The Gentle Author’s London Album by The Gentle Author
Spitalfields Life Books, published today.
Review by John Andrews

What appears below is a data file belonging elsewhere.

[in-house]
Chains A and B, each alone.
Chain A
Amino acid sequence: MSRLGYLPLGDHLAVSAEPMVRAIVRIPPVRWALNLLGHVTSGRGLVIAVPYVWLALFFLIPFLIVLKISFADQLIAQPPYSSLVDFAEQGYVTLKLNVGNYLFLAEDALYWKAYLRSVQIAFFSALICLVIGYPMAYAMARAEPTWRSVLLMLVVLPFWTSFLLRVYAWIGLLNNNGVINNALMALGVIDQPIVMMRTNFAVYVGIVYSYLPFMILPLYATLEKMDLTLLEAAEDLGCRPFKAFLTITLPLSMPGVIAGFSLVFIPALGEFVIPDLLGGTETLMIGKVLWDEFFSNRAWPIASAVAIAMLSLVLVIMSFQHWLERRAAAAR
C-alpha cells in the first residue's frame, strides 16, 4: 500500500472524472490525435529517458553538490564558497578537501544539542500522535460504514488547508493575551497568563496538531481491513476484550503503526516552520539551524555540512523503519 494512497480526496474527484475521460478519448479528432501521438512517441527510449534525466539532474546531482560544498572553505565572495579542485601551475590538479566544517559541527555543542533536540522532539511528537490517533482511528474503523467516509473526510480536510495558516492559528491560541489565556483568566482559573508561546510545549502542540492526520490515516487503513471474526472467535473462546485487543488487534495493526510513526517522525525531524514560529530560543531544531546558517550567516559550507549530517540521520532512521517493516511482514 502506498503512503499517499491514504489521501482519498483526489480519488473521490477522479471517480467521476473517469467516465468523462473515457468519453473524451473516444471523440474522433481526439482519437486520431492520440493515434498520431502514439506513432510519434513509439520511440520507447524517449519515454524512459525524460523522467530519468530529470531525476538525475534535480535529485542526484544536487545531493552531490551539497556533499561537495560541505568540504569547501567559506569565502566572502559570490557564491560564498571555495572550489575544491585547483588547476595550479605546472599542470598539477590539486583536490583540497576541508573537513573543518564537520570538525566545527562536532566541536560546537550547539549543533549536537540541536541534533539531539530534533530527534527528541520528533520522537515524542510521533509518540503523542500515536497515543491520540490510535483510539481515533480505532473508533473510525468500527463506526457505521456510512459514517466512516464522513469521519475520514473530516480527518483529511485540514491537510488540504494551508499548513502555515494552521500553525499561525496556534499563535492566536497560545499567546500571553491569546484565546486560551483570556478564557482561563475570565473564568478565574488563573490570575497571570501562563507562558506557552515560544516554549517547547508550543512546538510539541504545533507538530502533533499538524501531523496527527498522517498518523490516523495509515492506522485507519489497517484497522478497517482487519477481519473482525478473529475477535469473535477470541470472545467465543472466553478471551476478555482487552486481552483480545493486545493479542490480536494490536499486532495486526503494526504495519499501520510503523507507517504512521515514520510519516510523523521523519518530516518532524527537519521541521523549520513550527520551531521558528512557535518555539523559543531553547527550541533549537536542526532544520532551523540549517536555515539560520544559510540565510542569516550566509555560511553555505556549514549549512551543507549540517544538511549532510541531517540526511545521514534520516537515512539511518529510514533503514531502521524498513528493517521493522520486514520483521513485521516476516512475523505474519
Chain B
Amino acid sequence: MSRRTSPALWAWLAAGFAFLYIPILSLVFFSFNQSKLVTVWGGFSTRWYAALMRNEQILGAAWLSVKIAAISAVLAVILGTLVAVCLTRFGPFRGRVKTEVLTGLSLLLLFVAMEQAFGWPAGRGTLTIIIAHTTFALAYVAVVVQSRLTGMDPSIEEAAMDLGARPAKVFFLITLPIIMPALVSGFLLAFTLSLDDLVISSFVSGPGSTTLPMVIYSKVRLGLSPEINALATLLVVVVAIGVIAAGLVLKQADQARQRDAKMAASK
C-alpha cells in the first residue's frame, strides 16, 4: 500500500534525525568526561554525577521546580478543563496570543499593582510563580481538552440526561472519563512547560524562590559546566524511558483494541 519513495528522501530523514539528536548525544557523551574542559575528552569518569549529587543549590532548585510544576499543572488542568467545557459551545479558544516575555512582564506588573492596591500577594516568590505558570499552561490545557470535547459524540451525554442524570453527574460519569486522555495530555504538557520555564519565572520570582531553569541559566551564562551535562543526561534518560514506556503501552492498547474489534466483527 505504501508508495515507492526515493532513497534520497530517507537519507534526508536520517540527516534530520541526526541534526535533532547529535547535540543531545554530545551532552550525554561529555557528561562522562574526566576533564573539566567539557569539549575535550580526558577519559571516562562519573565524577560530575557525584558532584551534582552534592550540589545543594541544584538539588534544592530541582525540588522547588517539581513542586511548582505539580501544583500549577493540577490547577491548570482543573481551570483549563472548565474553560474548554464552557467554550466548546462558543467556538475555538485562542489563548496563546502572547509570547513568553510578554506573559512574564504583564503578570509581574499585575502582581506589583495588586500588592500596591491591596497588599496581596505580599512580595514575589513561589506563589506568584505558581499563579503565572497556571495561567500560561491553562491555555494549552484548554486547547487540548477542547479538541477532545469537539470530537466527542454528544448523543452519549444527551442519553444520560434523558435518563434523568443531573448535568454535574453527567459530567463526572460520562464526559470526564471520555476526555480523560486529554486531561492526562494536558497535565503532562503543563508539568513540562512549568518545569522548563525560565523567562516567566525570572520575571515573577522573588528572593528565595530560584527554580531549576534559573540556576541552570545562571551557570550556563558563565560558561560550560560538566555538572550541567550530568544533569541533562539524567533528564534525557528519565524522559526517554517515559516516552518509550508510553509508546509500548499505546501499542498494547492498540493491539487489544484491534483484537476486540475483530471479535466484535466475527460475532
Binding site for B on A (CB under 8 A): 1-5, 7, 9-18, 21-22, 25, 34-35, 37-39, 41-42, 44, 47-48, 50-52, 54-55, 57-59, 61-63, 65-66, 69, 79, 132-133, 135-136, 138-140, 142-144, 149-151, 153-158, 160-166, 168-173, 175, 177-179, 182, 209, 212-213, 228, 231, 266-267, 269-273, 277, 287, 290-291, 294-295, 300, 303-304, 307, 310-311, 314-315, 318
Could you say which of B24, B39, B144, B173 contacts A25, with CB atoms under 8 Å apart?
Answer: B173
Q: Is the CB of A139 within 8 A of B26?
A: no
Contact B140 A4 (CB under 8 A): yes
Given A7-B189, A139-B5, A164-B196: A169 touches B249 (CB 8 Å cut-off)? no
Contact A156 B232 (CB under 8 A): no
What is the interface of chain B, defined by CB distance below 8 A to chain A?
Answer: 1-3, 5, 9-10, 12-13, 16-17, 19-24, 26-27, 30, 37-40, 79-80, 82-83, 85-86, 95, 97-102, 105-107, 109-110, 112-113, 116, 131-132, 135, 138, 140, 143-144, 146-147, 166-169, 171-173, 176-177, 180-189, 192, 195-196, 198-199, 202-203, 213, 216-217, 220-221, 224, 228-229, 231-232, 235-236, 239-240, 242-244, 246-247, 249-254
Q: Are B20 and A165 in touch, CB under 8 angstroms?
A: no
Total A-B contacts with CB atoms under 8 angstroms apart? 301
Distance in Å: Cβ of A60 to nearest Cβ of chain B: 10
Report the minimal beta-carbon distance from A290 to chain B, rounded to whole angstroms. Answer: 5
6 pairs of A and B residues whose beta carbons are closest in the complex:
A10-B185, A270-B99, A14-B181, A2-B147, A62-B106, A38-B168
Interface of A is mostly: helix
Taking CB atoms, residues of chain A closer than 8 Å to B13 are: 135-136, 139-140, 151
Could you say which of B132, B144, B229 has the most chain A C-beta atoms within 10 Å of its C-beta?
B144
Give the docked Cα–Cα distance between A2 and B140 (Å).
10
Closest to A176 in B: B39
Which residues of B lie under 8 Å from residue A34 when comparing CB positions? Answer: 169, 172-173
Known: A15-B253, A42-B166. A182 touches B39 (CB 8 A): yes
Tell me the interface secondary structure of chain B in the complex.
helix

The Gentle Author’s London Album is the second venture in print for the much celebrated diarist, archivist and historian known to thousands as ‘Your Loyal Servant’. Like much, if not nearly all of the work that is published daily on the website Spitalfields Life it is breathtaking both in its scope and in its execution. If you thought that it would be impossible for an author to produce a work that would make even the most weary city dweller or cynical countryman look at London with a renewed fondness or a revived sense of memory then think again. In the pages of The London Album, The Gentle Author has compiled a collection of images that will inspire and astonish as clearly as if every Londoner were to come home in the evening, open their door and find the ghost of a former occupant of their house sitting at their kitchen table as plain as day whilst eating a copy of Ackroyd’s London as if it were the last Brick Lane Beigel on earth. If ever a writer was entitled to tire of London it should be The Gentle Author. Over four years ago the writer, famously anonymous to the point of never revealing their gender made a solemn promise,’Over the coming days, weeks, months and years, I am going to write every single day and tell you about life here in Spitalfields at the heart of London. How can I ever describe the exuberant richness and multiplicity of culture in this place to you? This is both my task and delight. Let me disclose to you the hare-brained ambition I am pursuing, which is to write at least ten thousand stories about Spitalfields Life. At the rate of one a day this will take approximately twenty seven years and four months’ From that promise, which until now HAS been kept most solemnly was spawned a publishing phenomenon, a website that garnered tens of thousands of followers initially without an inch of press coverage. When extracts of the site were published in The Guardian, the resultant online surge led to Google momentarily crashing as over a quarter of a million people queued up to look at the site within minutes with the rumour being that Samuel Pepys had been found alive in the East End. It was not long before the book publishing world was scratching and pawing at The Gentle Author’s door. As a weekly resident of Spitalfields stalling out in the Antiques Market every Thursday I had encountered The Gentle Author very early on and in particular after a piece was written on each stallholder and from then on we shared our experiences of writing albeit in different forms (and certainly to my shame in vastly differing volume) over the odd passing cup of tea. The signing of a deal with Hachette to publish the book Spitalfields Life promised a reward – unsought – for ‘the promise’ and the resultant work and the subsequent book did indeed sell by the proverbial barrow load. At Port Eliot last year The Gentle Author kindly agreed to leave the district of London E.1 and travel overnight to Cornwall to read at the Festival. Having originally been booked to read aloud in my small 12ft square tent, invitations and requests to read on larger stages across the festival followed. Here was a writer in demand with a book that sold and a huge and fiercely loyal fanbase. So it was that emboldened by the success of the ‘Spitalfields Life’ book that the The Gentle Author decided to take a leap and become an independent publisher and Spitalfields Life Books was born. Its first title was Colin O’Brien’s Travellers Children in London Fields and The London Album is the second.